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The Occupational Safety and Health Administration on Monday sent a draft of a COVID-19 emergency temporary standard to the Office of Management and Budget’s Office of Information and Regulatory Affairs for review, according to a Department of Labor spokeswoman.
Development of a standard was delayed following President Joe Biden’s Jan. 21 executive order that OSHA decide by March 15 whether a standard to keep workers safe during the COVID-19 pandemic was necessary.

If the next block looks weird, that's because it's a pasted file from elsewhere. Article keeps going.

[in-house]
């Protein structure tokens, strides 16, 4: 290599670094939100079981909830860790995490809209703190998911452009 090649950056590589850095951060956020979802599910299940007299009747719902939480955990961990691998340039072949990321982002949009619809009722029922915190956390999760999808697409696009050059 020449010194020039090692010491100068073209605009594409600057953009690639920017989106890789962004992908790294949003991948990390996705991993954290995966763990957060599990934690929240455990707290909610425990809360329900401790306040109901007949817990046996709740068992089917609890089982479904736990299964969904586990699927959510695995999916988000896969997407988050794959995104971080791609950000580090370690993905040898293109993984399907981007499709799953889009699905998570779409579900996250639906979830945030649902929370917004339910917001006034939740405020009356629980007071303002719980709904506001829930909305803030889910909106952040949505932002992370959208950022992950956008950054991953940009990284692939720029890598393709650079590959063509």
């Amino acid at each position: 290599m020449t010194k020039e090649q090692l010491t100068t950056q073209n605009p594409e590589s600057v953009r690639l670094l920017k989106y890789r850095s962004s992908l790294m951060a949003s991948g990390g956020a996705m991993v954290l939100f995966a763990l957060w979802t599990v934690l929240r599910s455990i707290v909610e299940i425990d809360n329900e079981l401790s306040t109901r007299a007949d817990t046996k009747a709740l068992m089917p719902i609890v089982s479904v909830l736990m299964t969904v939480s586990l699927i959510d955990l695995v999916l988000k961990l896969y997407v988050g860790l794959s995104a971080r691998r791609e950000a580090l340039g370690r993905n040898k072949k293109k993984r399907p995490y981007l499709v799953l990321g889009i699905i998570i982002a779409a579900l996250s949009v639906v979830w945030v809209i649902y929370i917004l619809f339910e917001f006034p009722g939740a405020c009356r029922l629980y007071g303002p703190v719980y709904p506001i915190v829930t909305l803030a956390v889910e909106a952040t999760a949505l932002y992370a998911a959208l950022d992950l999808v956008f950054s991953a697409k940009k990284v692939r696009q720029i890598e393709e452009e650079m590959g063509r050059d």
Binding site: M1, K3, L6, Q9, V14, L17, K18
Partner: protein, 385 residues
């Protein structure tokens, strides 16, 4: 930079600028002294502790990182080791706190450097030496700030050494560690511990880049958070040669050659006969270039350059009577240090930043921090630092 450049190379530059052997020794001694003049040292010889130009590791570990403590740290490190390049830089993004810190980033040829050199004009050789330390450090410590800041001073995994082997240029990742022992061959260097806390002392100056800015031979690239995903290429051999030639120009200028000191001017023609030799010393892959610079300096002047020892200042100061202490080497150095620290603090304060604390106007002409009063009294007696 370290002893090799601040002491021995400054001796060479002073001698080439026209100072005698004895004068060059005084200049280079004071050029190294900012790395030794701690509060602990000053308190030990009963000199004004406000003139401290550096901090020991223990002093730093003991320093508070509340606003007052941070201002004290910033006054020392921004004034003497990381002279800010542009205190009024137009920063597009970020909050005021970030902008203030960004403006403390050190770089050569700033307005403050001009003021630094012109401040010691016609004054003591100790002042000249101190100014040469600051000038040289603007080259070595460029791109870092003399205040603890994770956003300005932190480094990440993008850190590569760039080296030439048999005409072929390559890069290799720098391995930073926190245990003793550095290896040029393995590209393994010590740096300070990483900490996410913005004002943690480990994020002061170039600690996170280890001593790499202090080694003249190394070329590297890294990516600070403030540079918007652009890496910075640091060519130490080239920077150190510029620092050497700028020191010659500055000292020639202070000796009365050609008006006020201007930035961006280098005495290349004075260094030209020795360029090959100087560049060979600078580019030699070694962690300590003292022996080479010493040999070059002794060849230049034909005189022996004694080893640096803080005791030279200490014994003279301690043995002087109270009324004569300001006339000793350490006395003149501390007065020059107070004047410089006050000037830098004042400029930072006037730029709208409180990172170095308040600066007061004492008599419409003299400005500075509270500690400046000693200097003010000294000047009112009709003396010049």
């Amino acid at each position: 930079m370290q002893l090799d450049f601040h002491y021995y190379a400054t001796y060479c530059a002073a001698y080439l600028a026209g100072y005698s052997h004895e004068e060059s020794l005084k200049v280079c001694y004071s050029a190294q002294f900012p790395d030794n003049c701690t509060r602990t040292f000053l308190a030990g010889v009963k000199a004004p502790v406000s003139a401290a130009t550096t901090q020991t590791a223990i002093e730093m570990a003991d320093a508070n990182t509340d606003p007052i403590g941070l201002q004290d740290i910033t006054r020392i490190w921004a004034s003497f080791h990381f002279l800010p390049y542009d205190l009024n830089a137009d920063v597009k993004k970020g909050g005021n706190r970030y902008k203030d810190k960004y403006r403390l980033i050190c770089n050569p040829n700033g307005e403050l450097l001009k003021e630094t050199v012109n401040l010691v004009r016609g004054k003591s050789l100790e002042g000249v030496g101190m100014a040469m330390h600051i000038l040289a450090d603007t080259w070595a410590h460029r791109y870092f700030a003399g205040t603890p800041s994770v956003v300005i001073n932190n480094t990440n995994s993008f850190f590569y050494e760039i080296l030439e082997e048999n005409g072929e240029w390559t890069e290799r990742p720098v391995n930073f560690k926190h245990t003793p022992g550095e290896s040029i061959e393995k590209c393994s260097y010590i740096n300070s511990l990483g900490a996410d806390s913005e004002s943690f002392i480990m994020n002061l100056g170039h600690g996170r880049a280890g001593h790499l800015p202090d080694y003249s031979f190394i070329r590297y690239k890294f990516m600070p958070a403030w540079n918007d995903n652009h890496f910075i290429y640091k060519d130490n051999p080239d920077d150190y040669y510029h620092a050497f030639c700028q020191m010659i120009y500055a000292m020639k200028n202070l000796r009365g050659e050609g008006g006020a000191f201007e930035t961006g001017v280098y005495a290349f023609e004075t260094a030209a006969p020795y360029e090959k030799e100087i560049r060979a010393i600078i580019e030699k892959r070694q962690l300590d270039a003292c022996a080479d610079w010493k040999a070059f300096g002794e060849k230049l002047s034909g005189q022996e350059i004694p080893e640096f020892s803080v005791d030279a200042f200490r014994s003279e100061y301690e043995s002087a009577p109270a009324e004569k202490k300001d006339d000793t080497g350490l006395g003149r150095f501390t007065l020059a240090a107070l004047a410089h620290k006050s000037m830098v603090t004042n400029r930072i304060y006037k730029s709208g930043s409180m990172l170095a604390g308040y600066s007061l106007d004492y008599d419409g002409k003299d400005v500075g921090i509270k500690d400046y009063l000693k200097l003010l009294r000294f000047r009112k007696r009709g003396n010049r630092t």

“OSHA has been working diligently on its proposal and has taken the appropriate time to work with its science agency partners, economic agencies and others in the U.S. government to get this proposed emergency standard right,” a spokeswoman wrote in an email.
Details on the standard were not immediately available.
The news follows President Biden’s recent appointment of Doug Parker to lead OSHA. Mr. Parker helped develop a COVID-19 standard in California as head of the California Division of Occupational Safety and Health.
More insurance and workers compensation news on the coronavirus crisis here.